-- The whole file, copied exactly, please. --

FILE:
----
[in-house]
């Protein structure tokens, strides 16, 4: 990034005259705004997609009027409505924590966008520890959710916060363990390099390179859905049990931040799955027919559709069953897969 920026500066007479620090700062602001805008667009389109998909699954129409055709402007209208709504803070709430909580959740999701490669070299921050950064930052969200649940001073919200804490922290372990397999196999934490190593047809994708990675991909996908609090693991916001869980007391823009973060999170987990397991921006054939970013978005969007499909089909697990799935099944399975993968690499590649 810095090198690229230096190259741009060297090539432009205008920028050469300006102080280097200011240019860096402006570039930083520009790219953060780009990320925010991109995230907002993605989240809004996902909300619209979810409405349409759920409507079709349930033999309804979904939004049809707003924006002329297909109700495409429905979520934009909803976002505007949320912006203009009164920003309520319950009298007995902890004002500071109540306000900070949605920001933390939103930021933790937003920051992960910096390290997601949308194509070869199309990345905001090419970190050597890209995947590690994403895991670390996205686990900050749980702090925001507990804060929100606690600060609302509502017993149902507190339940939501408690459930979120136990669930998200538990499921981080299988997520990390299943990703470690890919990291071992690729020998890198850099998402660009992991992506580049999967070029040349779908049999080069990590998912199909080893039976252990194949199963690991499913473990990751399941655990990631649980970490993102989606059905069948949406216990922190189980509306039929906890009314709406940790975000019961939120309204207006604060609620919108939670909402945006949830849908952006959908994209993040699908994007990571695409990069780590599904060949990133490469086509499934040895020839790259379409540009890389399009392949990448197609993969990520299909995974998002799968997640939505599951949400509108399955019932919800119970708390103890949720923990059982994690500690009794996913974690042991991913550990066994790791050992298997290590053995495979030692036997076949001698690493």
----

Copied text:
[in-house]
């Protein structure tokens, strides 16, 4: 990034005259705004997609009027409505924590966008520890959710916060363990390099390179859905049990931040799955027919559709069953897969 920026500066007479620090700062602001805008667009389109998909699954129409055709402007209208709504803070709430909580959740999701490669070299921050950064930052969200649940001073919200804490922290372990397999196999934490190593047809994708990675991909996908609090693991916001869980007391823009973060999170987990397991921006054939970013978005969007499909089909697990799935099944399975993968690499590649 810095090198690229230096190259741009060297090539432009205008920028050469300006102080280097200011240019860096402006570039930083520009790219953060780009990320925010991109995230907002993605989240809004996902909300619209979810409405349409759920409507079709349930033999309804979904939004049809707003924006002329297909109700495409429905979520934009909803976002505007949320912006203009009164920003309520319950009298007995902890004002500071109540306000900070949605920001933390939103930021933790937003920051992960910096390290997601949308194509070869199309990345905001090419970190050597890209995947590690994403895991670390996205686990900050749980702090925001507990804060929100606690600060609302509502017993149902507190339940939501408690459930979120136990669930998200538990499921981080299988997520990390299943990703470690890919990291071992690729020998890198850099998402660009992991992506580049999967070029040349779908049999080069990590998912199909080893039976252990194949199963690991499913473990990751399941655990990631649980970490993102989606059905069948949406216990922190189980509306039929906890009314709406940790975000019961939120309204207006604060609620919108939670909402945006949830849908952006959908994209993040699908994007990571695409990069780590599904060949990133490469086509499934040895020839790259379409540009890389399009392949990448197609993969990520299909995974998002799968997640939505599951949400509108399955019932919800119970708390103890949720923990059982994690500690009794996913974690042991991913550990066994790791050992298997290590053995495979030692036997076949001698690493």